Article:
I think it started with the iPhone and Safari, combining the power of a Webkit browser and a mobile phone for the first time. Later adopted by Nokia and Google among others, the mobile browsing experience has improved in leaps and bounds over the last three years. Today, vendors offer to deliver the "real Internet" to devices but I’m not certain that the "real Internet" is what matters for mobility.

Continue Reading

Who wants to be the Home CIO? Not me, please

Who wants to be the Home CIO? Not me, please

The PC has come a long way since it entered the home. Going from a disconnected device with little connectivity, it has become one of the core focal points for the digital home. Household PC penetration is on the rise with many homes having two PCs, and it's not uncommon for some to have three to or more. With the rise of lower cost laptops and netbooks, the average age at which a child receives their own PC is getting younger and younger each year. This growth of the PC within the home is not without complications and more consumers are growing frustrated as the proliferation of PCs make management, configuration and support a new and unwelcome household chore.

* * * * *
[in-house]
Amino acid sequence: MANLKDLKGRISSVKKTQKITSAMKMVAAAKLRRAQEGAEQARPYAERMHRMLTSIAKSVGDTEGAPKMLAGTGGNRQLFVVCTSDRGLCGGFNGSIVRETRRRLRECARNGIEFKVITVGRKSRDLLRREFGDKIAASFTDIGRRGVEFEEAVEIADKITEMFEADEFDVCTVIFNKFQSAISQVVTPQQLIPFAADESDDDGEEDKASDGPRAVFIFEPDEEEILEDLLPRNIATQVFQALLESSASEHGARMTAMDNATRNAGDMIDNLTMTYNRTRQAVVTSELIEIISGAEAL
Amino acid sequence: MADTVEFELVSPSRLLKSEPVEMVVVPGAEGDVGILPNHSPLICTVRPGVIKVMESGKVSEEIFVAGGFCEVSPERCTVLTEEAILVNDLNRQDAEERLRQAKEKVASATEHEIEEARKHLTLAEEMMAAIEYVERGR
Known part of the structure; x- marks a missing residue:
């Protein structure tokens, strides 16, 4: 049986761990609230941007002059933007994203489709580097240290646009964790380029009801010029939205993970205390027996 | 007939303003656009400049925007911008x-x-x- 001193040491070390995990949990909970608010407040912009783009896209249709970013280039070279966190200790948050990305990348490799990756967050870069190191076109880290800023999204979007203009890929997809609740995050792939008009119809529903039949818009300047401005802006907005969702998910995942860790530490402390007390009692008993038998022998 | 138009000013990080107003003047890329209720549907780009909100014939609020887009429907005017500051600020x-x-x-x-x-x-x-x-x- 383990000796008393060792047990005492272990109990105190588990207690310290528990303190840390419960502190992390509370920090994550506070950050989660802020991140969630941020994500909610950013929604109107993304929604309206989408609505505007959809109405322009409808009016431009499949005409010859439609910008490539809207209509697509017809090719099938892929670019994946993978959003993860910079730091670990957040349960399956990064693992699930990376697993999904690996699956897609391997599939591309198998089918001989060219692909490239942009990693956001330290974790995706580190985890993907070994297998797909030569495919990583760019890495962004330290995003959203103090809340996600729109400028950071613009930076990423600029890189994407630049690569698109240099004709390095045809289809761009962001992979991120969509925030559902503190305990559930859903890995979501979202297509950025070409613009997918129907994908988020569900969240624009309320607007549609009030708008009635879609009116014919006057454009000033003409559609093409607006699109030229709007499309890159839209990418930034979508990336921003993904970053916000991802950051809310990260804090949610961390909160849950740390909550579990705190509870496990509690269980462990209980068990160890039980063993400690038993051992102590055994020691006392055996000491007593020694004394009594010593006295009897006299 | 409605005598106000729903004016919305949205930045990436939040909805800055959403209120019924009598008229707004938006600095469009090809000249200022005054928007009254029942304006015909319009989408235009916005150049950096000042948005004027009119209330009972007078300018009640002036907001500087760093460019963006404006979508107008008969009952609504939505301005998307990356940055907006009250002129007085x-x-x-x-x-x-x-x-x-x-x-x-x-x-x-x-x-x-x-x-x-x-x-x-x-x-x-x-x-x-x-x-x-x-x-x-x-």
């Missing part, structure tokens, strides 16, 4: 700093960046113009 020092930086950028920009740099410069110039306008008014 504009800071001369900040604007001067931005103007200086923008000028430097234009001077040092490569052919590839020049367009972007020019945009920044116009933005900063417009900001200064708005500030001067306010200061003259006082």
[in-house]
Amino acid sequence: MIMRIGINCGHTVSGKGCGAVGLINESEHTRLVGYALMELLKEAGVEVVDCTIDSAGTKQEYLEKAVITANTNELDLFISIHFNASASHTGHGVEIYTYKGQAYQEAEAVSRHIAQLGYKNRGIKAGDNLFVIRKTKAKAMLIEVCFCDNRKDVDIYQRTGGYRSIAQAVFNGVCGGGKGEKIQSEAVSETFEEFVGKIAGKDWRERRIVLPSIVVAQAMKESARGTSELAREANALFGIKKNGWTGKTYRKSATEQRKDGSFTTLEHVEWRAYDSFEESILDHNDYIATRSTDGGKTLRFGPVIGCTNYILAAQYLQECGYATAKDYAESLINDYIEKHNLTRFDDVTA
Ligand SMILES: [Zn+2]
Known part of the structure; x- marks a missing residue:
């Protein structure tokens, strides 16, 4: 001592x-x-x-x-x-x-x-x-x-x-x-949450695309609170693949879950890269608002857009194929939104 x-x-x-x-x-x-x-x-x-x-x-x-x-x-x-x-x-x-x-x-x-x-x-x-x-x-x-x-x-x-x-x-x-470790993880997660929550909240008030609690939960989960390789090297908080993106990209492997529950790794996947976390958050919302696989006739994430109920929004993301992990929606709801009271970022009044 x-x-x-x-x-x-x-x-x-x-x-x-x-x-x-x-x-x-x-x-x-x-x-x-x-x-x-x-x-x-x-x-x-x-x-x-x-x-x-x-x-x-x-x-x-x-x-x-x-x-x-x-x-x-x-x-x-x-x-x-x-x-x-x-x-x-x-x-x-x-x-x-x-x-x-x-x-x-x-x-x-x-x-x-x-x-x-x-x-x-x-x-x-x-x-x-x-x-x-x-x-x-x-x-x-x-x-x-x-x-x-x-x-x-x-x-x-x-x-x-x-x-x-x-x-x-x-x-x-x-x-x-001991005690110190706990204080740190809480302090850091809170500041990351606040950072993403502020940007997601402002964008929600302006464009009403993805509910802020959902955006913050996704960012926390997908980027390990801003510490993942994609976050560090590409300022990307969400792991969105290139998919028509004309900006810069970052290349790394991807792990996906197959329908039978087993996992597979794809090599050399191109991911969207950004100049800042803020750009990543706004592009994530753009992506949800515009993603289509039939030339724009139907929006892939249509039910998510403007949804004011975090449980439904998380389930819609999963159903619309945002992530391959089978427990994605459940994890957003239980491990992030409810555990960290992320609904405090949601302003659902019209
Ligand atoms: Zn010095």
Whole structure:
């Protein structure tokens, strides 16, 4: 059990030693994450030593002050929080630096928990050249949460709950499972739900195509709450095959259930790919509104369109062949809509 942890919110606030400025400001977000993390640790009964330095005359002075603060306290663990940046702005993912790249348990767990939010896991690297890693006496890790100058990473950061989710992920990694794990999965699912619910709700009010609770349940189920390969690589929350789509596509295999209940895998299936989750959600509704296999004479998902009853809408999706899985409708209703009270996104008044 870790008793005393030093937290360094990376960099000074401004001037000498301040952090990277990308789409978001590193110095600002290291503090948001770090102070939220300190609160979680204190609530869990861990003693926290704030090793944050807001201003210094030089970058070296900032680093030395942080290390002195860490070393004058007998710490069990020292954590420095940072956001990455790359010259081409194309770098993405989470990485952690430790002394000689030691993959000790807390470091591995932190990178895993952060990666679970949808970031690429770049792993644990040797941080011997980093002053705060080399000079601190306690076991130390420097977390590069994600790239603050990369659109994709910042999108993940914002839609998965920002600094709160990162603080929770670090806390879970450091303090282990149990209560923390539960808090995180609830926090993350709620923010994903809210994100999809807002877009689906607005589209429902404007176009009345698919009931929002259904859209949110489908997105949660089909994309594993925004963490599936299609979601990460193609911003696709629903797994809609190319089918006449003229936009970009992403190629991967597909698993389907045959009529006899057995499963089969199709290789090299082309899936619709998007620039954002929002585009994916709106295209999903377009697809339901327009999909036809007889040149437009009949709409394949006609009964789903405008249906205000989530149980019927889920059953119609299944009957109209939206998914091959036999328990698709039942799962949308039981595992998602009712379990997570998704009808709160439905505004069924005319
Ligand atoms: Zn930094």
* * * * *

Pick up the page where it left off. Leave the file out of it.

Continue Reading

Blu-ray: “The Best is the Enemy of the Good”

Blu-ray: “The Best is the Enemy of the Good”

It's sometimes a challenge to understand how arguably better technologies often lose out to things that are inferior. We've seen it time and time again. The problem is that consumers are often not interested in the "best" technology but are more than satisfied with that which is "good enough". These days, a good example would be to look at Blu-Ray and how it's being adopted by consumers.

Continue Reading

Nexus One takes Android just one step closer to the masses

Nexus One takes Android just one step closer to the masses